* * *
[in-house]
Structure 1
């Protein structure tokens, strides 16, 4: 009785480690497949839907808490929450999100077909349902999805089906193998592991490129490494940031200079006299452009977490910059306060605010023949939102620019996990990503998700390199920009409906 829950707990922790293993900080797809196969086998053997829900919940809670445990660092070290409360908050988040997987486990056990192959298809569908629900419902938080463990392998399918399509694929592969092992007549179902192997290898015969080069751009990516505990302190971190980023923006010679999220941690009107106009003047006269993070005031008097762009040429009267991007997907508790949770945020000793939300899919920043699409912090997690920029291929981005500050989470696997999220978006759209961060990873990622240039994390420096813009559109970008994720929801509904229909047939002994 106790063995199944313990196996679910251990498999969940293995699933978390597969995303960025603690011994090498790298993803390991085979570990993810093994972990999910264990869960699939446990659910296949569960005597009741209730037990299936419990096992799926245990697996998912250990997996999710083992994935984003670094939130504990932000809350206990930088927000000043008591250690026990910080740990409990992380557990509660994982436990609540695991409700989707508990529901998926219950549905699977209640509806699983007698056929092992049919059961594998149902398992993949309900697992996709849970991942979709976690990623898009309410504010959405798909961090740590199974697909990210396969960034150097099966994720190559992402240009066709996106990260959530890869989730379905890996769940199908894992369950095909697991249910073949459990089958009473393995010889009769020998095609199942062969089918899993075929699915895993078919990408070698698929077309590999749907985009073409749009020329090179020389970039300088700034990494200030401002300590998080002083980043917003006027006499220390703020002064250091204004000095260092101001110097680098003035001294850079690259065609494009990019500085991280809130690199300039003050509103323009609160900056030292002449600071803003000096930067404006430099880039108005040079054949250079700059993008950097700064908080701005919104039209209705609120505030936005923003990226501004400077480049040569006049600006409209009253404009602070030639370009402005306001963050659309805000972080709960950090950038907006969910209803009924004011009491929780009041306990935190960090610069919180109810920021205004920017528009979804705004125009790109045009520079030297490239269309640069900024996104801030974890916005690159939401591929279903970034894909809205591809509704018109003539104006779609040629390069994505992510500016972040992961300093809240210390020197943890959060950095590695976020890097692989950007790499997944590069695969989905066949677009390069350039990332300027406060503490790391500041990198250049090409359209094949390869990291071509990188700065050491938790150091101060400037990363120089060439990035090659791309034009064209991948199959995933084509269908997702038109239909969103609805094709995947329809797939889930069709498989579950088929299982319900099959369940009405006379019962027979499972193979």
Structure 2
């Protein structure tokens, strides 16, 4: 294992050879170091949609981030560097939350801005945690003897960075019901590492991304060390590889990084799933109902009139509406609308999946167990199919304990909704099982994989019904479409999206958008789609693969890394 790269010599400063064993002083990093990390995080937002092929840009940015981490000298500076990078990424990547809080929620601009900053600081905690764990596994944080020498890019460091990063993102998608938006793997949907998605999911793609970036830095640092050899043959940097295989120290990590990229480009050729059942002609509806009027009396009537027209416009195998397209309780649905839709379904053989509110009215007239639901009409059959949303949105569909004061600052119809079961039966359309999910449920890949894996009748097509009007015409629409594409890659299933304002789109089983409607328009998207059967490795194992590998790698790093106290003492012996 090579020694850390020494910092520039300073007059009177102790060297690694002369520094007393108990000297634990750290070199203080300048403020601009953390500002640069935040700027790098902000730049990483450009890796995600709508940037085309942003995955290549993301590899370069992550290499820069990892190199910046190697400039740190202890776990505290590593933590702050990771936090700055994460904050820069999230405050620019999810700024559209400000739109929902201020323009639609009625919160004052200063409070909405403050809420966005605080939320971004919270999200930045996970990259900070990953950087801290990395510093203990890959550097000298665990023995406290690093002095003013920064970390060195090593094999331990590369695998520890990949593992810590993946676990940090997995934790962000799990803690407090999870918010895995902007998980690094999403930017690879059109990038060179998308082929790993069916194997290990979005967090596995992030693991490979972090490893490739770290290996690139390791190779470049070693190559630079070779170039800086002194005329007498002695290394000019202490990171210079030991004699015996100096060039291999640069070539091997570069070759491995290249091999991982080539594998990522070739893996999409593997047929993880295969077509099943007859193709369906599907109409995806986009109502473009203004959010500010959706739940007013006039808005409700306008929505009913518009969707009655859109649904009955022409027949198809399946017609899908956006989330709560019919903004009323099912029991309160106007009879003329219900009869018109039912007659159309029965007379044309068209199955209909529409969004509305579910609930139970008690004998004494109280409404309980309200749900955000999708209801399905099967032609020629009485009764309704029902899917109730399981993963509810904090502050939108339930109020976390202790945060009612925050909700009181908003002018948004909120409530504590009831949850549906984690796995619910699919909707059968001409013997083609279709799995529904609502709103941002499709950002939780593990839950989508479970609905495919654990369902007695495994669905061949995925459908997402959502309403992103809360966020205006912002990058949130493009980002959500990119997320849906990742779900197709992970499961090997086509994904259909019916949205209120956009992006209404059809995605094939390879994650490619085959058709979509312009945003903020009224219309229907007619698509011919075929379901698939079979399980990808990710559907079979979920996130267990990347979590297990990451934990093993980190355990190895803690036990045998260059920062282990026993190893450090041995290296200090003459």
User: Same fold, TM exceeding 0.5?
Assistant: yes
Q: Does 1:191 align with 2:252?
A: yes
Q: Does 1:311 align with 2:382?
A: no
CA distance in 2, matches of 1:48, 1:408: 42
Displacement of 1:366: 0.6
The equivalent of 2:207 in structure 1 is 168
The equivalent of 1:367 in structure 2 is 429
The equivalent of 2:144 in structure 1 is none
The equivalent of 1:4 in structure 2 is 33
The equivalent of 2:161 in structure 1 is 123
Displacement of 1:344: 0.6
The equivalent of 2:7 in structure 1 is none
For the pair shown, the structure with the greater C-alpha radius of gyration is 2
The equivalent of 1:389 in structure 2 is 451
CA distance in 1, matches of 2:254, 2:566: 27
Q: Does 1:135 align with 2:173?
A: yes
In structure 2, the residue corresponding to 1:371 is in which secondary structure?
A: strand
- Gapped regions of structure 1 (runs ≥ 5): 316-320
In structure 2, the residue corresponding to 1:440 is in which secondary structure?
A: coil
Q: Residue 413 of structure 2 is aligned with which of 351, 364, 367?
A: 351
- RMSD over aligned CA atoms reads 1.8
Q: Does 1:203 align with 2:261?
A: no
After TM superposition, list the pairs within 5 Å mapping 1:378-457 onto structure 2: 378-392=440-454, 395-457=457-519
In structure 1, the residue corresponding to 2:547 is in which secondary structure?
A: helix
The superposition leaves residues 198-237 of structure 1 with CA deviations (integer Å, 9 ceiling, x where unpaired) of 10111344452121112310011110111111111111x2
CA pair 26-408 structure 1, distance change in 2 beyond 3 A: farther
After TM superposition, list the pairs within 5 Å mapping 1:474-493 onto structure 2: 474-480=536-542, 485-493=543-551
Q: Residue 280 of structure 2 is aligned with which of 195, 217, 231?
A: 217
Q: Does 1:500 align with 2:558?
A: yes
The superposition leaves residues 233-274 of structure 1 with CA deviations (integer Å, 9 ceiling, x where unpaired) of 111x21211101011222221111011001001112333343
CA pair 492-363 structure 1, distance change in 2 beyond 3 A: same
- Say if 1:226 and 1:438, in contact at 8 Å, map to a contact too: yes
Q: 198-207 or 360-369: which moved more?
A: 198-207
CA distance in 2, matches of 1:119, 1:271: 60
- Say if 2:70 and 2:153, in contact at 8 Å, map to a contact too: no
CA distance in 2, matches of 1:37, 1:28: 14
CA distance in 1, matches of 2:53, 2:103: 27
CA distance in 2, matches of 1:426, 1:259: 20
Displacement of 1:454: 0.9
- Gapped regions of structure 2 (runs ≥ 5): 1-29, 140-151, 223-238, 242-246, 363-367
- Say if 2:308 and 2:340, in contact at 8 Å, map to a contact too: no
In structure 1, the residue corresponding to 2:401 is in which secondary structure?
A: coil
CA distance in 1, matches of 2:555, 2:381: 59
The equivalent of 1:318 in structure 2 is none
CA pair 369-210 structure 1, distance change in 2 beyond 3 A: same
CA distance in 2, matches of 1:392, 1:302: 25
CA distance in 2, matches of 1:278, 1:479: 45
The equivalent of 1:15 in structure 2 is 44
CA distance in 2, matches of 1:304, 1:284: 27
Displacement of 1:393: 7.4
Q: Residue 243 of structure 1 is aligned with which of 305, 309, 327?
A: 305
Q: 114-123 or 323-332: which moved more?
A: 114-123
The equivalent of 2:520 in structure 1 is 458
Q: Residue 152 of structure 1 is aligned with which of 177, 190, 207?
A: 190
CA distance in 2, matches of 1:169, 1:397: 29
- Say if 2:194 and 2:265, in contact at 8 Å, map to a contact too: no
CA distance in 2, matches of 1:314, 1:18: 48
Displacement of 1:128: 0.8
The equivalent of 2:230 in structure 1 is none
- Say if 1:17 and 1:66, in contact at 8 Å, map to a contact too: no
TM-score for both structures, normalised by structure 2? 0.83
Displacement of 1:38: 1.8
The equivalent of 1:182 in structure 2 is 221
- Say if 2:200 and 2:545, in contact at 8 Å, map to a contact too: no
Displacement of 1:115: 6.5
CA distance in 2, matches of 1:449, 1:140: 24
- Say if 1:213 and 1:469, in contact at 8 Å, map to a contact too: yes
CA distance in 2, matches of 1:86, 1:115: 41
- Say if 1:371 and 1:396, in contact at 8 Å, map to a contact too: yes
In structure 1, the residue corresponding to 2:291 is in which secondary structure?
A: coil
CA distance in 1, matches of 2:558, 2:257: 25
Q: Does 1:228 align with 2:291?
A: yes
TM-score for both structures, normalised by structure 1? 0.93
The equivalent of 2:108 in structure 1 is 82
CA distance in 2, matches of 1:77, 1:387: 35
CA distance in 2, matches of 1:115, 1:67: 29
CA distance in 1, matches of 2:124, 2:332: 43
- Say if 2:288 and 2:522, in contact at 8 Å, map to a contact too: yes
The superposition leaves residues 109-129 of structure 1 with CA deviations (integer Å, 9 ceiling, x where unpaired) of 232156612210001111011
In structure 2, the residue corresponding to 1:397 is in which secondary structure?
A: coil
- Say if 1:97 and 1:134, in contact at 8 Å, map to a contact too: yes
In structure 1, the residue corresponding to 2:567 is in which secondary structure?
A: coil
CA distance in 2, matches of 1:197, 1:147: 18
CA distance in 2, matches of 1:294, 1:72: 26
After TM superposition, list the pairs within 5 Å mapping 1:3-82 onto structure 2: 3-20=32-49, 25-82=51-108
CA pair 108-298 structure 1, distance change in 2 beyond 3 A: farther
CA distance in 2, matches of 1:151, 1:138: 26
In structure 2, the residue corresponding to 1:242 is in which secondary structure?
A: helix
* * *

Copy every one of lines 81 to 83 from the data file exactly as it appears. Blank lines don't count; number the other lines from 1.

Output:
- Say if 1:17 and 1:66, in contact at 8 Å, map to a contact too: no
TM-score for both structures, normalised by structure 2? 0.83
Displacement of 1:38: 1.8